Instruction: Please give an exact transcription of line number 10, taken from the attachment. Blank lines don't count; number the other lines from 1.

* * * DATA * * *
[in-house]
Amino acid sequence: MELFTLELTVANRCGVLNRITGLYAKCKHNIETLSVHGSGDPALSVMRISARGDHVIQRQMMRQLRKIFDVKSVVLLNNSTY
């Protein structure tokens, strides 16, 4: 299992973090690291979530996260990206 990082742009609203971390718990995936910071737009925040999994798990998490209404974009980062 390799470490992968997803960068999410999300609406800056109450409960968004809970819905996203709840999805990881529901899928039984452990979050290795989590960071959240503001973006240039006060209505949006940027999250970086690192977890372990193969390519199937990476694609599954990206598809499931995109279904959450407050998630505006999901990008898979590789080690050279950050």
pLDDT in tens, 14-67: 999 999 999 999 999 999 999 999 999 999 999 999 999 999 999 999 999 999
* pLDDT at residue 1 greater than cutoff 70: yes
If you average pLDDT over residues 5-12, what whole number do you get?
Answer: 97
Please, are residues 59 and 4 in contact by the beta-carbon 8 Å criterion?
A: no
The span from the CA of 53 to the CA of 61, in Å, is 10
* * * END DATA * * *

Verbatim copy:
The span from the CA of 53 to the CA of 61, in Å, is 10